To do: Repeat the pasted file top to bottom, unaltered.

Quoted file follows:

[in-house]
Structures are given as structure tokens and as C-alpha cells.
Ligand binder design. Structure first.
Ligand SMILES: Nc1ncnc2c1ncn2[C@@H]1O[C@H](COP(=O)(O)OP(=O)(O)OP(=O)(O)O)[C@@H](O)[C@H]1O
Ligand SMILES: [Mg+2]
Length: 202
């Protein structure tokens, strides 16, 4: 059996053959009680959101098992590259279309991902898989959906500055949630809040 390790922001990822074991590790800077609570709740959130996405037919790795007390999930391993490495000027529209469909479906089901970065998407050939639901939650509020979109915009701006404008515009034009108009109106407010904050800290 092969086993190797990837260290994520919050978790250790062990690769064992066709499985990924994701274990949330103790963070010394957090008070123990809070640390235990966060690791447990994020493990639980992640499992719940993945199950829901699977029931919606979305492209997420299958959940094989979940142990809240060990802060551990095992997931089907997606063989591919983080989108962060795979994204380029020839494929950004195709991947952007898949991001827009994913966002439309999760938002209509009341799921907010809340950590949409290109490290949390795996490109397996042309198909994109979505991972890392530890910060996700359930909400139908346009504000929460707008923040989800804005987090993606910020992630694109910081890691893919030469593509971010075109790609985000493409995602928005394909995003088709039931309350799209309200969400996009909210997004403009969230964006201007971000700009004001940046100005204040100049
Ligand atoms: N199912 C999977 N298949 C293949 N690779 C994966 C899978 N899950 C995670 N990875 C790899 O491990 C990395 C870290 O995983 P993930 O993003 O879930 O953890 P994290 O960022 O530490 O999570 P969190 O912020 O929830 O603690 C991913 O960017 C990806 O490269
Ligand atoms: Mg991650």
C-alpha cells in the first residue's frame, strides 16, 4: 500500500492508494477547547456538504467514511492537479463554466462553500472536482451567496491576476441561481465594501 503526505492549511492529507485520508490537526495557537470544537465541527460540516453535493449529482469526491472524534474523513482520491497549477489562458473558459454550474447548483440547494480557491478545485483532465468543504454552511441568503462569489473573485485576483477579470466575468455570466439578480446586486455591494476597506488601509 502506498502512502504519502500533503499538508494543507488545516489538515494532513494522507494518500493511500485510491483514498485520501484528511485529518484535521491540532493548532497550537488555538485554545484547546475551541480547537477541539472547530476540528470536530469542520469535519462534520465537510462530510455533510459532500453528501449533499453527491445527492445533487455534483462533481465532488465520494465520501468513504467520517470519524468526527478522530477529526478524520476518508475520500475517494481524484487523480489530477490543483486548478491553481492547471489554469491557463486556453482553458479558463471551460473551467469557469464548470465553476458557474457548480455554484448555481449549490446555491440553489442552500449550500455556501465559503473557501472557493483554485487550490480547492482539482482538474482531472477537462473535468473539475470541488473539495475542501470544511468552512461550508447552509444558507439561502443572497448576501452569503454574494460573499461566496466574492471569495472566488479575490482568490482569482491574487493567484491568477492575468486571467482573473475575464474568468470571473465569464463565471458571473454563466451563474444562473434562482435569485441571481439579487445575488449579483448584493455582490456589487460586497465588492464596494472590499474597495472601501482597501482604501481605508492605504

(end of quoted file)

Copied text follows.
[in-house]
Structures are given as structure tokens and as C-alpha cells.
Ligand binder design. Structure first.
Ligand SMILES: Nc1ncnc2c1ncn2[C@@H]1O[C@H](COP(=O)(O)OP(=O)(O)OP(=O)(O)O)[C@@H](O)[C@H]1O
Ligand SMILES: [Mg+2]
Length: 202
């Protein structure tokens, strides 16, 4: 059996053959009680959101098992590259279309991902898989959906500055949630809040 390790922001990822074991590790800077609570709740959130996405037919790795007390999930391993490495000027529209469909479906089901970065998407050939639901939650509020979109915009701006404008515009034009108009109106407010904050800290 092969086993190797990837260290994520919050978790250790062990690769064992066709499985990924994701274990949330103790963070010394957090008070123990809070640390235990966060690791447990994020493990639980992640499992719940993945199950829901699977029931919606979305492209997420299958959940094989979940142990809240060990802060551990095992997931089907997606063989591919983080989108962060795979994204380029020839494929950004195709991947952007898949991001827009994913966002439309999760938002209509009341799921907010809340950590949409290109490290949390795996490109397996042309198909994109979505991972890392530890910060996700359930909400139908346009504000929460707008923040989800804005987090993606910020992630694109910081890691893919030469593509971010075109790609985000493409995602928005394909995003088709039931309350799209309200969400996009909210997004403009969230964006201007971000700009004001940046100005204040100049
Ligand atoms: N199912 C999977 N298949 C293949 N690779 C994966 C899978 N899950 C995670 N990875 C790899 O491990 C990395 C870290 O995983 P993930 O993003 O879930 O953890 P994290 O960022 O530490 O999570 P969190 O912020 O929830 O603690 C991913 O960017 C990806 O490269
Ligand atoms: Mg991650």
C-alpha cells in the first residue's frame, strides 16, 4: 500500500492508494477547547456538504467514511492537479463554466462553500472536482451567496491576476441561481465594501 503526505492549511492529507485520508490537526495557537470544537465541527460540516453535493449529482469526491472524534474523513482520491497549477489562458473558459454550474447548483440547494480557491478545485483532465468543504454552511441568503462569489473573485485576483477579470466575468455570466439578480446586486455591494476597506488601509 502506498502512502504519502500533503499538508494543507488545516489538515494532513494522507494518500493511500485510491483514498485520501484528511485529518484535521491540532493548532497550537488555538485554545484547546475551541480547537477541539472547530476540528470536530469542520469535519462534520465537510462530510455533510459532500453528501449533499453527491445527492445533487455534483462533481465532488465520494465520501468513504467520517470519524468526527478522530477529526478524520476518508475520500475517494481524484487523480489530477490543483486548478491553481492547471489554469491557463486556453482553458479558463471551460473551467469557469464548470465553476458557474457548480455554484448555481449549490446555491440553489442552500449550500455556501465559503473557501472557493483554485487550490480547492482539482482538474482531472477537462473535468473539475470541488473539495475542501470544511468552512461550508447552509444558507439561502443572497448576501452569503454574494460573499461566496466574492471569495472566488479575490482568490482569482491574487493567484491568477492575468486571467482573473475575464474568468470571473465569464463565471458571473454563466451563474444562473434562482435569485441571481439579487445575488449579483448584493455582490456589487460586497465588492464596494472590499474597495472601501482597501482604501481605508492605504